When to Update Your Website: A UX Perspective

It’s true, you are not imagining it, websites lose their edge after a few years. No matter how good your website is when you first build or redesign it, even the best websites naturally become outdated after about four or five years. This is due to a number of factors, such as Google updates, changing consumer needs, changing technologies, new platforms being introduced, and more.  

Updating your website to keep it performing optimally can be a painstaking task, but the cost of letting this centerpiece of your company’s digital presence run down is even more painful. An underperforming website that doesn’t meet consumer needs and expectations creates a negative impression of your brand and can create a serious threat to your business. 

How can you know if your website needs to be updated? Well, you might get direct complaints from your customers, your stakeholders may be making some snarky comments about your competitor’s website or you might notice some issues yourself as you poke around your own website, but if those things are happening, that’s likely just the tip of the iceberg. There is one key indicator — a group of indicators, really — that your website is struggling. 

Read: Why We Use Google’s HEART Framework

The Biggest Sign You Have a Problem? Your Website’s Performance Has Been Slipping… Probably for a While

The most common symptom that your website has a serious issue (or several serious issues) is that the traffic is heading downward despite any significant change in your marketing tactics. And it’s not just for the last few weeks, but for the last few months — or longer. Is this a serious, structural problem? 

How to Assess Your Website’s Health

To understand how your website is performing, you can use various analytic tools and specific metrics to dig into your website’s performance as well as that of your competitors. 

  • Run a Site Audit with a tool like SEMrush or Screaming Frog as your first step in assessing your website’s health. These platforms will give you a qualitative rating of your website’s overall health, identifying common issues like slow page-load times, duplicate content, and broken links. A handful of issues is not necessarily a problem. But if this audit returns a very low rating and a whole raft of issues, you might have a larger problem that only a website redesign can adequately address.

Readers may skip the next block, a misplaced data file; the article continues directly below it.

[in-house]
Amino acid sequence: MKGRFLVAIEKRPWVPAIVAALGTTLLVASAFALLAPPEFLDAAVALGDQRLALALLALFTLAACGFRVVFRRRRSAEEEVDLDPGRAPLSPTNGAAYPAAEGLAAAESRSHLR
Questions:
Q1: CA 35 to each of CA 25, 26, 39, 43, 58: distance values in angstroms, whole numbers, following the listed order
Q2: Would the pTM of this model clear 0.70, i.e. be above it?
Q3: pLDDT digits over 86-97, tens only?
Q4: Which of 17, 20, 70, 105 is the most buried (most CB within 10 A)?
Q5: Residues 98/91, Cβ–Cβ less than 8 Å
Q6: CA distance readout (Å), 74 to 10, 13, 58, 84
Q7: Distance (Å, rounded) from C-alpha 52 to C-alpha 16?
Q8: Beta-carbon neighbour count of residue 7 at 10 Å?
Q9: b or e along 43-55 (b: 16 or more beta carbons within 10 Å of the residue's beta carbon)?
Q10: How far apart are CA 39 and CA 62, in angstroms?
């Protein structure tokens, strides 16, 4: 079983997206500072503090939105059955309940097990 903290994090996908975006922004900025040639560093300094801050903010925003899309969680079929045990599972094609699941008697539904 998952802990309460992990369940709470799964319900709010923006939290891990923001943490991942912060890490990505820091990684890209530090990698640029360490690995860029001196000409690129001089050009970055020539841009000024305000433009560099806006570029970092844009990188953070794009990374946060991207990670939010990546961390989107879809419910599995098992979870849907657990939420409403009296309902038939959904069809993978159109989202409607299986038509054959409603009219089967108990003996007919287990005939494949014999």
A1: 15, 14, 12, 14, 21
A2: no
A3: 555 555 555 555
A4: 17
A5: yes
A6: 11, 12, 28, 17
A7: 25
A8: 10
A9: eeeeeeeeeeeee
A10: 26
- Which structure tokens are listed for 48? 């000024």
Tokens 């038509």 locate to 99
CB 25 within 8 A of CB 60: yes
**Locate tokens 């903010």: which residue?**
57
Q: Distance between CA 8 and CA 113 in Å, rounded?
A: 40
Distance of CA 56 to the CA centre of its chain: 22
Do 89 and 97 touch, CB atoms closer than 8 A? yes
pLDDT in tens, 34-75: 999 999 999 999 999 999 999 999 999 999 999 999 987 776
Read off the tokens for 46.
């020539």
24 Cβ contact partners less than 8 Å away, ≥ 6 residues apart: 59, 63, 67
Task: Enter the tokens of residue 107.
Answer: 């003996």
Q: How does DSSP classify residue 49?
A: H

• Google Analytics will obviously tell you how your traffic is performing, and you’ll want to check out a few specific reports and key metrics.
    • Organic Traffic. Drill down to the traffic sources, isolating organic search traffic. Has this been declining for months on end? If so, you’ve got a problem.
    • Search Console. Dig deeper into your organic traffic here, analyzing the search terms that display your website to users in Google search results and the clickthrough rates for those searches.
    • User Flow. This report shows where people come into your website, where they go to next, and where they typically drop off. There’s a lot to analyze here, but in short, if they drop off very quickly after arriving on-site or don’t flow through the site as you intended, you’ve got an issue.
    • Bounce Rate. Similar to User Flow, high bounce rates indicate that users aren’t finding what they’re looking for on your website. If this is happening on key pages where you would hope for next clicks or conversions to take place, that’s a problem.
    • Time On Page. A low time on page for the homepage or a landing page combined with a low bounce rate isn’t a problem — it suggests users quickly found what they were looking for and clicked through. But a low time on page for key pages — and particularly a low time on page combined with a high bounce rate on key pages — is a big red flag; the more pages on which this is happening, the bigger and redder that flag.
    • Conversions. You ideally have conversions set up for tracking in Google Analytics. If these are low or declining, and you confirm that conversion tracking is set up properly, then you’ve got a deeper problem with user experience on the site.
  • Hotjar is a tool that enables you to see how users act once they are on your site, giving you visual heat maps of their activity on the page. Depending on how much traffic your website or its various pages receive, it can take a few days to a few weeks to get useful data, but once you have it, you’ll be able to see where they go, what they click on, and where they drop off. The feedback comes in forms of videos so the website owner can observe them on an easy-to-understand platform and initiate changes. 
  • Competitor Comparisons. In addition to getting your own information, check out how your competitors are performing with tools like SEMrush or SimilarWeb which provide estimated traffic projections, SEO analysis, and comparative analytics between your website and theirs.

Reasons Your Website Might Be Underperforming

Five years ago on Apple’s website, scrolling and navigation was much more reduced with limited visuals and lack of clear CTAs. Now, the site has a lot more imagery, scrolling and clearer CTAs but a more complex navigation due to its products expansion.

All of the above tests and analyses can reveal a number of potentially interrelated issues and reasons that your website is underperforming, and may need to be redesigned.